How to Enable Security Headers to Prevent Vulnerabilities

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Security headers can address a number of cyber threats. Also known as security-related HTTP response headers, they modify the behavior of web browsers to avoid security vulnerabilities. 

While their use comes with some strings attached in terms of browser features, security headers can be of great help in preventing many kinds of common attacks, including Cross-Site Scripting and Clickjacking. In addition, they can provide an additional layer of security for your web applications.

Let’s dig into the possible vulnerabilities and the methods for enabling security headers in modern browsers.  

Security Headers Security Assessment Level

Security Assessment Increase TLS Key Size


What are Security headers?

They are directives to increase the protection and create more defense against vulnerabilities using browsers. For example, they modify the behavior of web browsers to avoid security vulnerabilities just to accept one kind of valid server certificate like TLS.

Types of security headers include:

How Security Headers Can Prevent Vulnerabilities

Inserting a security header can prevent a variety of hacking attempts. 

You can refer to OWASP Secure Headers Project for the top HTTP response headers that provide security and usability. 

Here are some of the vulnerabilities you can avoid by using a security header:

Before you apply a security-related HTTP response header for attack prevention, make sure to check whether it’s compatible with the browsers you’re targeting. 

How to Enable Security Headers

To correctly set the security headers for your web application, you can use the following guides:

Webserver Configuration (Apache, Nginx, and HSTS)

To configure your webserver, you can apply the settings described below — for Apache, Nginx, and HTTP Strict Transport Security (HSTS).

Apache Security headers

For Apache, you’ll need to update your configuration to include the correct header directives. 

Add this to the virtual host configuration in /etc/apache2/sites-enabled/domain.conf or /etc/httpd/sites-enabled/domain.conf:

<VirtualHost *:443>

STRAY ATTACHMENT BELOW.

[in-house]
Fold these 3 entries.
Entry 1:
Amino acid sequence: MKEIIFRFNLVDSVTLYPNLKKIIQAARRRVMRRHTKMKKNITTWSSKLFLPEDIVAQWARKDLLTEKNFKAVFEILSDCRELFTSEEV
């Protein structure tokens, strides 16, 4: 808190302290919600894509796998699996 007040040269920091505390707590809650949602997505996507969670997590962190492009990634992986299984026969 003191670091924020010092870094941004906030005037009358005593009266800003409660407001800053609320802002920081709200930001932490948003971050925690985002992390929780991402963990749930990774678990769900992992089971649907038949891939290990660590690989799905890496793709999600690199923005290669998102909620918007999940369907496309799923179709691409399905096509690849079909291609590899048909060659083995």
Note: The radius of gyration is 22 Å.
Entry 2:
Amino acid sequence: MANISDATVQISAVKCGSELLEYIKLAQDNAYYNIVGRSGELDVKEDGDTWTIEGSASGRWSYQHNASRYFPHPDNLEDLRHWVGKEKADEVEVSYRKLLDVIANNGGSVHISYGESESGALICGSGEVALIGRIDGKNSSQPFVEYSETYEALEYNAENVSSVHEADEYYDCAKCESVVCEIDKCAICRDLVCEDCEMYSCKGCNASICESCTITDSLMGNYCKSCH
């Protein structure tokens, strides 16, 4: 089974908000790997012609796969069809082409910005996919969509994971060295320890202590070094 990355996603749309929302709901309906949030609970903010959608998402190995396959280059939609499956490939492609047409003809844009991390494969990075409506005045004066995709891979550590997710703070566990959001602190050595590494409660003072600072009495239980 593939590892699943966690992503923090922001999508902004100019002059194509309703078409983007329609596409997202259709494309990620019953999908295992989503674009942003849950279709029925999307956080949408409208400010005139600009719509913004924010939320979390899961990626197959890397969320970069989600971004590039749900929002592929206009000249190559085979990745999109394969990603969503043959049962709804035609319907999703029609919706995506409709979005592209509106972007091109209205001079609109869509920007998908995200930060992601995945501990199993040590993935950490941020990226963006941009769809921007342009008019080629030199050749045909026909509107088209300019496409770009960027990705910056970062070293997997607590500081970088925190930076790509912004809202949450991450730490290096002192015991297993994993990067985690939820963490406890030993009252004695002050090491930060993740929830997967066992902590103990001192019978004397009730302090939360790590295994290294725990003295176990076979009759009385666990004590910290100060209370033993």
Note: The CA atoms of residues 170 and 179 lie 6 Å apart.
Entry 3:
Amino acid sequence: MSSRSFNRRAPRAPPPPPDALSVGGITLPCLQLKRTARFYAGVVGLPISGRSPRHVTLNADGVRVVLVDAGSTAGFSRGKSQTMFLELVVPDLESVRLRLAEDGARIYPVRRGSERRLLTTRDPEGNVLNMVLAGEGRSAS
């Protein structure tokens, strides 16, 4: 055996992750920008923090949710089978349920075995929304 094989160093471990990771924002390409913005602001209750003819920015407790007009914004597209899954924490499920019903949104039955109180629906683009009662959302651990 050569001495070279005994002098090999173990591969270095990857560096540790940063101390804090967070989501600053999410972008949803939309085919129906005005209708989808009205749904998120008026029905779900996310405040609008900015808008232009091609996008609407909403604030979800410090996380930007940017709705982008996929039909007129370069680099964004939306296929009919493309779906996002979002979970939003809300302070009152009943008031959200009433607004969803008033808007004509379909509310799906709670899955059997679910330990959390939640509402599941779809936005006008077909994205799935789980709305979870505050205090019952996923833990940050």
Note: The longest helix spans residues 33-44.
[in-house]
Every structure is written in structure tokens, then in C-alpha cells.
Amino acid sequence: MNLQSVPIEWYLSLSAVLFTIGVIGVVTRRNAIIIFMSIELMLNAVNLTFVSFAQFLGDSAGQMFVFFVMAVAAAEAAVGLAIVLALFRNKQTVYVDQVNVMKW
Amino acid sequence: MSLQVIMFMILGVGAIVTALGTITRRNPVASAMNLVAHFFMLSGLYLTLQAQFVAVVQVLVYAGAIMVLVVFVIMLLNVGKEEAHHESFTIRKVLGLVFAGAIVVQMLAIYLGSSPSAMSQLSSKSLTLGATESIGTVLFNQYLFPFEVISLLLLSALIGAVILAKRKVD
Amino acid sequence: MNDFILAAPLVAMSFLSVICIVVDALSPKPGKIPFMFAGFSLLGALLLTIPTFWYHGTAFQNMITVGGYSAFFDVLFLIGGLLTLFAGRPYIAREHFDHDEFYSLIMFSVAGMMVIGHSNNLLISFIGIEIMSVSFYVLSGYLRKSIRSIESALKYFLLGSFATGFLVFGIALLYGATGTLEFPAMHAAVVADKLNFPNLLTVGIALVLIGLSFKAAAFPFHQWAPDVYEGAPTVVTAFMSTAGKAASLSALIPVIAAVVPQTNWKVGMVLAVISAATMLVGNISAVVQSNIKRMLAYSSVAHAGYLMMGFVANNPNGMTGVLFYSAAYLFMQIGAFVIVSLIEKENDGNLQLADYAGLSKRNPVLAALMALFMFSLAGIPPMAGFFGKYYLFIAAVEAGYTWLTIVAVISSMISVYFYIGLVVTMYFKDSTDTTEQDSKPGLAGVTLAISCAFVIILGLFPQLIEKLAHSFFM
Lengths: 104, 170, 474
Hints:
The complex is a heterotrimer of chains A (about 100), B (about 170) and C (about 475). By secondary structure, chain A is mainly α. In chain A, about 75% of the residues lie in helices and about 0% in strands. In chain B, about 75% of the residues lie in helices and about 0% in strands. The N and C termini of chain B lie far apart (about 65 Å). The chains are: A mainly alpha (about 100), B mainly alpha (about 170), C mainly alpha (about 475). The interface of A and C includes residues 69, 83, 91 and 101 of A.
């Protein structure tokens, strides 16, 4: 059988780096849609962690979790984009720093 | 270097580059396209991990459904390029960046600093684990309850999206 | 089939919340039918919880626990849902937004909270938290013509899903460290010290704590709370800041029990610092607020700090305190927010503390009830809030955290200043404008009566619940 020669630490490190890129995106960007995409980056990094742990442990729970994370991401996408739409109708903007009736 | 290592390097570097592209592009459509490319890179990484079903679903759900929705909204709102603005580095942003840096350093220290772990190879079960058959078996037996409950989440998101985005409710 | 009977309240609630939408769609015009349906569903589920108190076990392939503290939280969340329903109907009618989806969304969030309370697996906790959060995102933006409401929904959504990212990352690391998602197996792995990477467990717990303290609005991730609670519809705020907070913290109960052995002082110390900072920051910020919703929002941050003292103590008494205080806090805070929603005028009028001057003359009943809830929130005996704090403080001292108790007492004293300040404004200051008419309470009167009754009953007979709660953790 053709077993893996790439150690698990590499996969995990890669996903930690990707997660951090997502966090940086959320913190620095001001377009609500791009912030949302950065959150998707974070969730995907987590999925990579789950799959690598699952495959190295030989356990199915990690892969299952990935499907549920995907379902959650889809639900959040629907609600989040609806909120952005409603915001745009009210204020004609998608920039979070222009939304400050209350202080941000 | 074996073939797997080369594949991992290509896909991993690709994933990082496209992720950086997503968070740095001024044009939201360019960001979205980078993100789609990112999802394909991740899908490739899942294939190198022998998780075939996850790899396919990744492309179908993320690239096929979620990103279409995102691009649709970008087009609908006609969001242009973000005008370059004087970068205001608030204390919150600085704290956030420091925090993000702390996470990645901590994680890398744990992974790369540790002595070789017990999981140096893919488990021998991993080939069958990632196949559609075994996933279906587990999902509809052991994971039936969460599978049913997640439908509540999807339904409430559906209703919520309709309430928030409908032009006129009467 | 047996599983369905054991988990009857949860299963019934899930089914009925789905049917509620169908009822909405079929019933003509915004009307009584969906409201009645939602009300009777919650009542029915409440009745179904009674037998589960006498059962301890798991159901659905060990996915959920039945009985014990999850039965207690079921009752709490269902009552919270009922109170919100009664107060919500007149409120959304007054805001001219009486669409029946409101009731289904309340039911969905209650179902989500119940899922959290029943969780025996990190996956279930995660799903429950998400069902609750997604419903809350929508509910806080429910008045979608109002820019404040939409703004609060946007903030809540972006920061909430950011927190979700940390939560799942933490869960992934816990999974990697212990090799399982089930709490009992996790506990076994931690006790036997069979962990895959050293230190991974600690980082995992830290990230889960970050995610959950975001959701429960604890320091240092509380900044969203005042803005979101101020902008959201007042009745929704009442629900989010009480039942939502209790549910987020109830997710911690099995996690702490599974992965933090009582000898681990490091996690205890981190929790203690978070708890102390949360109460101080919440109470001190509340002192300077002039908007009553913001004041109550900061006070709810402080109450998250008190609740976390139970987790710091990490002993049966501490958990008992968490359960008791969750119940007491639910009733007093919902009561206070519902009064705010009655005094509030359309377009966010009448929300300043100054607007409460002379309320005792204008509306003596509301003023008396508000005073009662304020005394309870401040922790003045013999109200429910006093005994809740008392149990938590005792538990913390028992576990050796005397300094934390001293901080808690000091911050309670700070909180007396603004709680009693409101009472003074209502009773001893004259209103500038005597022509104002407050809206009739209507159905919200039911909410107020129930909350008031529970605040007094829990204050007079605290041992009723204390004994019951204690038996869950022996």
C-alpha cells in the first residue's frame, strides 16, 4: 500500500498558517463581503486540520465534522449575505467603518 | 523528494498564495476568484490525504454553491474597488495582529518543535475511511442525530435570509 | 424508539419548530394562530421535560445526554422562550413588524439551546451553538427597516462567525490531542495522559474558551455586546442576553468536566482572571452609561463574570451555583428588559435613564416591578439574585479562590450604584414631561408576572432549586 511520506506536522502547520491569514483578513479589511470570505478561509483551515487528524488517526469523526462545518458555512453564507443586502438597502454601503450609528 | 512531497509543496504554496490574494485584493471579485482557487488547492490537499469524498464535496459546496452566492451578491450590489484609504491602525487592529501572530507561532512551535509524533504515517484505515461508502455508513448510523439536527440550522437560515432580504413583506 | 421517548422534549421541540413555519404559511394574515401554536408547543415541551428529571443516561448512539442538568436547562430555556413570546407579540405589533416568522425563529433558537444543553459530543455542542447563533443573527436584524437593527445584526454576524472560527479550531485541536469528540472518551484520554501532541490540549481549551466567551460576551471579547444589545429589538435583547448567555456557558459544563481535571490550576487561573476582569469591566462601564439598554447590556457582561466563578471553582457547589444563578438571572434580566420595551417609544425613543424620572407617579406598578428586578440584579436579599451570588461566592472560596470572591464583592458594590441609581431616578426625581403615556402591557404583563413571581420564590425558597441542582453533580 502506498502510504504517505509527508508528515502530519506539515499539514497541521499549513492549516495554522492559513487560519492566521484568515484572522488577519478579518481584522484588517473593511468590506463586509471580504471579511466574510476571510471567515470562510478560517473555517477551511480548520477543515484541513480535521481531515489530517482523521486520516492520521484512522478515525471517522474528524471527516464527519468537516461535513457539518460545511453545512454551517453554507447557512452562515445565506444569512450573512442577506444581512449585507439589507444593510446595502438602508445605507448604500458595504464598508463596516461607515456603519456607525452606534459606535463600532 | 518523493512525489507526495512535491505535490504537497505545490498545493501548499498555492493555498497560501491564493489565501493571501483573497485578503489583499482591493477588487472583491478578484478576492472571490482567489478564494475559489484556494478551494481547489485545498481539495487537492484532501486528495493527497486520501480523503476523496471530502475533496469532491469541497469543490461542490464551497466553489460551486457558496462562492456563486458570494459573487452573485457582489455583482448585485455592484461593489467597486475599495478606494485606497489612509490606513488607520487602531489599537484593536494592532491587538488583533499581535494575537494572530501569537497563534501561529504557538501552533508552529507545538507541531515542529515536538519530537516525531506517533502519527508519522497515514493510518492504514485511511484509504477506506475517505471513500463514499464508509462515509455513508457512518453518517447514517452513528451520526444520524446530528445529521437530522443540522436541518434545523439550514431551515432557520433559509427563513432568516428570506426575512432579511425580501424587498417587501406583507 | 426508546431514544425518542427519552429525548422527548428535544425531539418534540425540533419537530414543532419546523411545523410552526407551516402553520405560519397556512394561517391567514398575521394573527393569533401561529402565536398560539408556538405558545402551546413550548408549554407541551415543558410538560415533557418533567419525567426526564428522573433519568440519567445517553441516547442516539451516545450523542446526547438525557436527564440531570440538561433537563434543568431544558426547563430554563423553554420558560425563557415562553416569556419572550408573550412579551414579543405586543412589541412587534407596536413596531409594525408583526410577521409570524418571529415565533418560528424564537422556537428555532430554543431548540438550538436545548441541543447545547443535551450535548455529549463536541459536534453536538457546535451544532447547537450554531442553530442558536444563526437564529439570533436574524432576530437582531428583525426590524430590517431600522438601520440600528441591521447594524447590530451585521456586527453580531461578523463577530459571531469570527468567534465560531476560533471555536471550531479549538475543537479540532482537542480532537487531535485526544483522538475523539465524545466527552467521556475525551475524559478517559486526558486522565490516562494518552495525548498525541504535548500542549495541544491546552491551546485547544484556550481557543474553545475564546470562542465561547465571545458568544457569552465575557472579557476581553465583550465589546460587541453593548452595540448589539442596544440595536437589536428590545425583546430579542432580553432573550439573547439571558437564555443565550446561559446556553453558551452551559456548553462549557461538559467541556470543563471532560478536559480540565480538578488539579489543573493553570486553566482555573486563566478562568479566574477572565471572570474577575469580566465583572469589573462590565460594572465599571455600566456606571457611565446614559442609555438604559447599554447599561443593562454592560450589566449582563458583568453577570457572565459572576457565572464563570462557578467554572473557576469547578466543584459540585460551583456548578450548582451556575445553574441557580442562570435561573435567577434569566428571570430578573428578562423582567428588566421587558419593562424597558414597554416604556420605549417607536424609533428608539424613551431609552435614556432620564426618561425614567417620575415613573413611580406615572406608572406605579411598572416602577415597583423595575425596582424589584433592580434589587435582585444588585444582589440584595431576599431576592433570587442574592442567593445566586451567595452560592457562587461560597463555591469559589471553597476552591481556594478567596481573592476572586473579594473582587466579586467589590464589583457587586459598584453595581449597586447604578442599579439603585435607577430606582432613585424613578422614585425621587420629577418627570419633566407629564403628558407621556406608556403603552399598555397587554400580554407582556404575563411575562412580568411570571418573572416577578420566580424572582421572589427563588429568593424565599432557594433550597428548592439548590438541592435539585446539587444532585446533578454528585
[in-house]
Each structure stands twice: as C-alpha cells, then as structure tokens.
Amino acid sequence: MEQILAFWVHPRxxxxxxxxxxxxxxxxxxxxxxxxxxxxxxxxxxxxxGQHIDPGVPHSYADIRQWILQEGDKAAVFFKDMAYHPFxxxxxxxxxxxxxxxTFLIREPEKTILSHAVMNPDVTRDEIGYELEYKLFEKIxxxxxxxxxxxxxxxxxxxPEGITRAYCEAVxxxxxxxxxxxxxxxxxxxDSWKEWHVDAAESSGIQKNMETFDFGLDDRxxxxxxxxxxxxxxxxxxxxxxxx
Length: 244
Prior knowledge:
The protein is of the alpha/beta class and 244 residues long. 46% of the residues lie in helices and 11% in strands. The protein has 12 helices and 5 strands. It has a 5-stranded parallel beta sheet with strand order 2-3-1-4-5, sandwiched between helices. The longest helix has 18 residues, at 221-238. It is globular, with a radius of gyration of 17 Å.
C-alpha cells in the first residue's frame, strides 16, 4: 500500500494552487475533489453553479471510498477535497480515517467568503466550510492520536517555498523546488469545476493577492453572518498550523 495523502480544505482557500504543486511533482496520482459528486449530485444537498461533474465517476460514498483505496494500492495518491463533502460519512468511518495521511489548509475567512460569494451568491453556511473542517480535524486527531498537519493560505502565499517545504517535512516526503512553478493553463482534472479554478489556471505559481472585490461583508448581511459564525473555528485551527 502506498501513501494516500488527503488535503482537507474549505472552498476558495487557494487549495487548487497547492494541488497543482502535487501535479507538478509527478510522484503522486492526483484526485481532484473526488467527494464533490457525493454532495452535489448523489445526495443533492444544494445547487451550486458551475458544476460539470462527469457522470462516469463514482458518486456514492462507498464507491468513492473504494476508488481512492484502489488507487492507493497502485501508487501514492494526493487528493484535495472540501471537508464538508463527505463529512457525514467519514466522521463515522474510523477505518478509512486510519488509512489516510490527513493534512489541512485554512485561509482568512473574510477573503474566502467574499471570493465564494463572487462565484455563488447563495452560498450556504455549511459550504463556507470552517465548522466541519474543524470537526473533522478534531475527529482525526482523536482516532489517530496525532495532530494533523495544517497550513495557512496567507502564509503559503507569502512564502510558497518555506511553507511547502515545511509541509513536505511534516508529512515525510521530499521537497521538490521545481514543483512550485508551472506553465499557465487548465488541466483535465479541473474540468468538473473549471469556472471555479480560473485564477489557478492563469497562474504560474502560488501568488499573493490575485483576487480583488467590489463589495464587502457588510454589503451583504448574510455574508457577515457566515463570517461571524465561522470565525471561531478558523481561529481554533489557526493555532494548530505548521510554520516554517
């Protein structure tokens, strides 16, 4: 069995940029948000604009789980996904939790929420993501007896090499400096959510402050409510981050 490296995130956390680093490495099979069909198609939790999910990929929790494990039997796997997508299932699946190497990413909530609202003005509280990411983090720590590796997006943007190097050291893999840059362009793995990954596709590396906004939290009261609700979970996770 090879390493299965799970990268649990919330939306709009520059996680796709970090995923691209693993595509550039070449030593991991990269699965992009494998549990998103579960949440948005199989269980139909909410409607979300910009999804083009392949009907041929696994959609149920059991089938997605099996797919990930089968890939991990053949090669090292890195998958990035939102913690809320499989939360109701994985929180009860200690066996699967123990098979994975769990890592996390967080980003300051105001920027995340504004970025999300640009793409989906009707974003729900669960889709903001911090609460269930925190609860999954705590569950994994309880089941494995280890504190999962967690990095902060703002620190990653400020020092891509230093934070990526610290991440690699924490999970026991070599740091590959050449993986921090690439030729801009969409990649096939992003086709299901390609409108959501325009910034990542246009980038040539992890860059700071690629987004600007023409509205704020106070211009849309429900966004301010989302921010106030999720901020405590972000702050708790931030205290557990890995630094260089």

Header always set Strict-Transport-Security "max-age=31536000"
    Header always set X-Frame-Options "deny"
    Header always set X-XSS-Protection "1; mode=block"
    Header always set X-Content-Type-Options "nosniff"
    Header always set Content-Security-Policy "default-src 'self'"
    Header always set Referrer-Policy "strict-origin-when-cross-origin"

Nginx Security headers

For nginx, you’ll have to update the configuration file. It’s usually located at /etc/nginx/nginx.conf, /etc/nginx/sited-enabled/ (Ubuntu / Debian) or /etc/nginx/conf.d/nginx.conf (RHEL / CentOS)

Include the following header with the add_header directives:

server {
    add_header Strict-Transport-Security "max-age=63072000; includeSubdomains;" always;
    add_header X-Frame-Options "deny" always;
    add_header X-XSS-Protection "1; mode=block" always;
    add_header X-Content-Type-Options "nosniff" always;
    add_header Content-Security-Policy "default-src 'self'" always;
    add_header Referrer-Policy "strict-origin-when-cross-origin" always;
How to enable security headers and how to prevent vulnerabilities visually represented in a graphic - Crashtest Security

HTTP Strict Transport Security (HSTS)

The HSTS header enforces HTTPS connections. This prevents downgrade attacks that can affect an insecure HTTP connection. You can review our How to Enable HSTS guide for the correct settings.


The X-Frame-Options response header sets whether a website can be embedded as a frame into other websites. 

The header values are:

denyDo not allow frames of this site
sameoriginAllow frames of this site when the domain matches
allow-from DOMAINAllow frames of this site when embedded in webpages on DOMAIN

Setting the X-Frame-Options HTTP header to deny will protect the website against clickjacking attacks. This will prevent an attacker from overlaying the web page’s iframe with arbitrary content to bait victims into clicking on certain links.


Some web browsers are equipped with a Cross-Site-Scripting (XSS) filter. It can detect and protect against certain XSS attacks. To configure the browser filter, use the X-XSS-Protection header.

0Disable the filter
1Enable the filter to sanitize the webpage in case of an attack
1; mode=blockEnable the filter to block the webpage in case of an attack

Setting this header 1; mode=block instructs the browser not to render the webpage in case an attack is detected.


Browsers try to detect the MIME-type of the files that the webserver sends. 

If an attacker uploads a malicious executable file to a webserver that only sends images, the MIME-type identification can provide some protection. It informs the browser it should expect an image and not an executable file. As a result, the browser shouldn’t try to detect the MIME-type but should only use the MIME-type provided by the webserver. 

You can enable this by using the X-Content-Type-Options header and setting it to nosniff.

nosniffOnly use the declared MIME-type

Same-Site Cookie

Setting a cookie flag prevents cross-site information leakage and can help mitigate Cross-Site Request Forgery attacks. 

You can use the same-site cookie flag to restrict the browser from sending cookies along with cross-site requests. Possible values are Strict, Lax, or None

If the same-site cookie flag is set to None, the secure flag must be set to prevent sending the cookie in an insecure context.

NoneThe cookie will be sent in all contexts.
LaxThe cookie is sent when a user follows a link to your site. But the cookie is not sent when the content of your site is included in a third-party site.